Lack of drinking water is a fact of life for four out of ten people in rural Ethiopia. Wells are rare, springs and water holes are often highly contaminated. Shortages and life-threatening diseases are the result. Mostly women and girls have to walk for several hours to the nearest water point, and back home again carrying heavy jerry cans.
Together with the population we construct hand dug wells, spring developments, water reservoirs for rainwater or complete water supply systems at central locations. The systems are maintained and kept clean by members of the community. Awareness raising and training for care and maintenance also contribute to the sustainability of water and hygiene projects. Farmers are independent of the unreliable rainfall. If a rainy season is too short, it can lead to crop failures. Traditional irrigation methods also result in the fertile soil being washed away.
With the construction of wells and spring developments we create access to clean, healthy drinking water. As in other areas, the population is involved in the project from the outset. The decision where to dig a well or spring development ultimately depends not only on the needs in the region and water resources, but also on whether the people are willing to take responsibility for the project.
Construction of spring developments and hand-dug wells
> Construction of water supply systems for small towns
> Construction of reservoirs for spring developments, in order to collect the flow of water at night
> Initiation of water committees in the villages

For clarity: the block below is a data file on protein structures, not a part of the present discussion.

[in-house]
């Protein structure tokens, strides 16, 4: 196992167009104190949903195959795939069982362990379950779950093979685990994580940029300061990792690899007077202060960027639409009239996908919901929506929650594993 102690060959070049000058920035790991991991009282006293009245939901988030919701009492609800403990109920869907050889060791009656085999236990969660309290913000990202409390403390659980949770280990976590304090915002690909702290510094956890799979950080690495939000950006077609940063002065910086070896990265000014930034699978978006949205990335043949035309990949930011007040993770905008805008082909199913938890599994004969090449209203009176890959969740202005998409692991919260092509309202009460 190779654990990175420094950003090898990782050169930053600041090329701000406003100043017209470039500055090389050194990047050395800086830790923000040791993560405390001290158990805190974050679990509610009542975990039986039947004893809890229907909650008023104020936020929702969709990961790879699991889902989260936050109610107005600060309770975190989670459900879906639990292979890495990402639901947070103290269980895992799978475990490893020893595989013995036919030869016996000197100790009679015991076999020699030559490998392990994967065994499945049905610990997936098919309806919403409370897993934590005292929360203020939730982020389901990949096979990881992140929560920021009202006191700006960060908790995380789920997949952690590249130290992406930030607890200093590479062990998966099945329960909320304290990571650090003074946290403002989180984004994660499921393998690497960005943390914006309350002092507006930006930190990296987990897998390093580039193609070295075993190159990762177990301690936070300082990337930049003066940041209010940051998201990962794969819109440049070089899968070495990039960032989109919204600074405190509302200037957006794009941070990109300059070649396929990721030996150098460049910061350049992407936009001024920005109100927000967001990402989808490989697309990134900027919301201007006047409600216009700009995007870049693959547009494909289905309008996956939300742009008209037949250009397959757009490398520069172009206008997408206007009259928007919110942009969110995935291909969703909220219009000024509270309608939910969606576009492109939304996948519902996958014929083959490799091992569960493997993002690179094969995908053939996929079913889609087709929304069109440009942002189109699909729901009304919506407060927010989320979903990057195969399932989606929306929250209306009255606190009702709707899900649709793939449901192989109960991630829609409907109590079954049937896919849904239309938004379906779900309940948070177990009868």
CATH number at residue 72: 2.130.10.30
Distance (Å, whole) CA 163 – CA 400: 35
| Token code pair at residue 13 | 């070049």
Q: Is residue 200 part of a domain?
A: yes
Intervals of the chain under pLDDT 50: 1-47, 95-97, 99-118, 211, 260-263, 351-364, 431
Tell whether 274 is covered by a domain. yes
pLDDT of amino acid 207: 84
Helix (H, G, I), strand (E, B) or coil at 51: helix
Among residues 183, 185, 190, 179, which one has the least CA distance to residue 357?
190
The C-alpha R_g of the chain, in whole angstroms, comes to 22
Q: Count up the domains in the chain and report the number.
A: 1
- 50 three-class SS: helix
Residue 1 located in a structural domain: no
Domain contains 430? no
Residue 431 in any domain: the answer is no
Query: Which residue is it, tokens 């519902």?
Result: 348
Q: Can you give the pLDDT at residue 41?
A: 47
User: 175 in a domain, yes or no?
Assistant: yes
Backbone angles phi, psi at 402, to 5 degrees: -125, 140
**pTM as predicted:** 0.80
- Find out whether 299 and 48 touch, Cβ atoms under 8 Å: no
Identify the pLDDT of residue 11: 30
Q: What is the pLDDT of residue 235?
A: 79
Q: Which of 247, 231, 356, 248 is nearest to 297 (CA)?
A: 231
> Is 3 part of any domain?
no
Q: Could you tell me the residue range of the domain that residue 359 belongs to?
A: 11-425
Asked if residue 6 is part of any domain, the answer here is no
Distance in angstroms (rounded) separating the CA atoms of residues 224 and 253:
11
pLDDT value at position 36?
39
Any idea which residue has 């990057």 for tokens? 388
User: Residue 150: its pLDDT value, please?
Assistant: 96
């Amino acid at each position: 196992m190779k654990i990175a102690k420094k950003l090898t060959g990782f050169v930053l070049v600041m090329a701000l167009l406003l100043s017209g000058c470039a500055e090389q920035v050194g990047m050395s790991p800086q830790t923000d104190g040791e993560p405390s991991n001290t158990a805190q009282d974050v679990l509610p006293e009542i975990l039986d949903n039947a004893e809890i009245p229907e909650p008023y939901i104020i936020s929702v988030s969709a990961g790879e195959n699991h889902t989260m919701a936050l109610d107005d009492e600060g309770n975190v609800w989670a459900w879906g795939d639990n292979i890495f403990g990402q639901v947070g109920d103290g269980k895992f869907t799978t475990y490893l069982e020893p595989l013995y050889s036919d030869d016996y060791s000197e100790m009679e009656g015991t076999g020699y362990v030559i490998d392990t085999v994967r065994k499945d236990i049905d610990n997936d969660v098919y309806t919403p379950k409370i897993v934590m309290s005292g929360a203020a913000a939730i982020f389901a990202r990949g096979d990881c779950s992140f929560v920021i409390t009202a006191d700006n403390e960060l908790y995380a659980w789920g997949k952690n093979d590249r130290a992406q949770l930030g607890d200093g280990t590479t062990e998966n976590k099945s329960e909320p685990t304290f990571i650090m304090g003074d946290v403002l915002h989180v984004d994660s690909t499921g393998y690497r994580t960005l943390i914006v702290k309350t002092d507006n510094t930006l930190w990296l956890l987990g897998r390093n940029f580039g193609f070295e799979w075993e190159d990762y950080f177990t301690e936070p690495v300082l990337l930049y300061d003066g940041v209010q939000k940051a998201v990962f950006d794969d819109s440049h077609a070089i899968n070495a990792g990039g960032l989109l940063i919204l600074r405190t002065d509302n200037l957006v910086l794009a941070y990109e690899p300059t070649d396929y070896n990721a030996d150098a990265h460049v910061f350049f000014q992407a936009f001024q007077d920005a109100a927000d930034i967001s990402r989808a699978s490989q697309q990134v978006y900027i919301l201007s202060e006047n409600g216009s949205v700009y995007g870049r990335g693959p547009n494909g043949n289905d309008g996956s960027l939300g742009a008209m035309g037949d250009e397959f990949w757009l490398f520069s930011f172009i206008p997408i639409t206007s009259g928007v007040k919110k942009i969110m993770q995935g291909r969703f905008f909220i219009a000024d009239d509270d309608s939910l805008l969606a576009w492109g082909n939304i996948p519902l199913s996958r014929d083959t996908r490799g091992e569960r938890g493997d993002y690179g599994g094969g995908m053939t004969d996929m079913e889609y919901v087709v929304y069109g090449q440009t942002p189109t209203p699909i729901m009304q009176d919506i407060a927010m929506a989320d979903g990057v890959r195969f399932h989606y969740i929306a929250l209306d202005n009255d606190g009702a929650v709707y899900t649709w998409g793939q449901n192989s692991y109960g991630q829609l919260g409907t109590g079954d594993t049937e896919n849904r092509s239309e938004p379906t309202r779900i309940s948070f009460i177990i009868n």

> Training of the population in well management and maintenance
> Construction of washing points and drinking troughs
> Construction of irrigation systems for farming
The supply of clean, healthy drinking water close to villages promotes health and hygienic conditions. This in turn has a positive effect on reducing avoidable diseases such as diarrhoea and the eye infection trachoma. And it saves the girls and women time: they are able to attend school or training courses, or generate income by participating in microcredit programmes.
A water committee, elected by the inhabitants of the village, is trained by Menschen für Menschen to maintain and care for the well, in order to ensure the longest possible useful life. The water committee usually retains a well supervisor. The latter is responsible for the maintenance and regular cleaning of the well and receives payment for his work from the funds contributed by the users. The amount of this usage fee is specified by the villagers themselves and used to pay for any repairs or spare parts needed in future.
will give a family access to clean drinking water.
will enable three families to participate in hygiene training and acquire a latrine cover.
will enable a woman to receive a microcredit including training.